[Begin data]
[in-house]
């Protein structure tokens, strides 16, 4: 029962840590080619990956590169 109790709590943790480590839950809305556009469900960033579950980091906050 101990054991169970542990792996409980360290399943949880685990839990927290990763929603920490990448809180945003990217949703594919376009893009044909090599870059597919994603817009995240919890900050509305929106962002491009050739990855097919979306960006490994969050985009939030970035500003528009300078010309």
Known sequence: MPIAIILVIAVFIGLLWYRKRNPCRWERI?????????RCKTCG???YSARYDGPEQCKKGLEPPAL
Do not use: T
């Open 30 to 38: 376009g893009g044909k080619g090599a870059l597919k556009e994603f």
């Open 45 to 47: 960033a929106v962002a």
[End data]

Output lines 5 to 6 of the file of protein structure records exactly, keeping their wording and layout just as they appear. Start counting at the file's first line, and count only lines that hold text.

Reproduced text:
């Open 30 to 38: 376009g893009g044909k080619g090599a870059l597919k556009e994603f």
């Open 45 to 47: 960033a929106v962002a």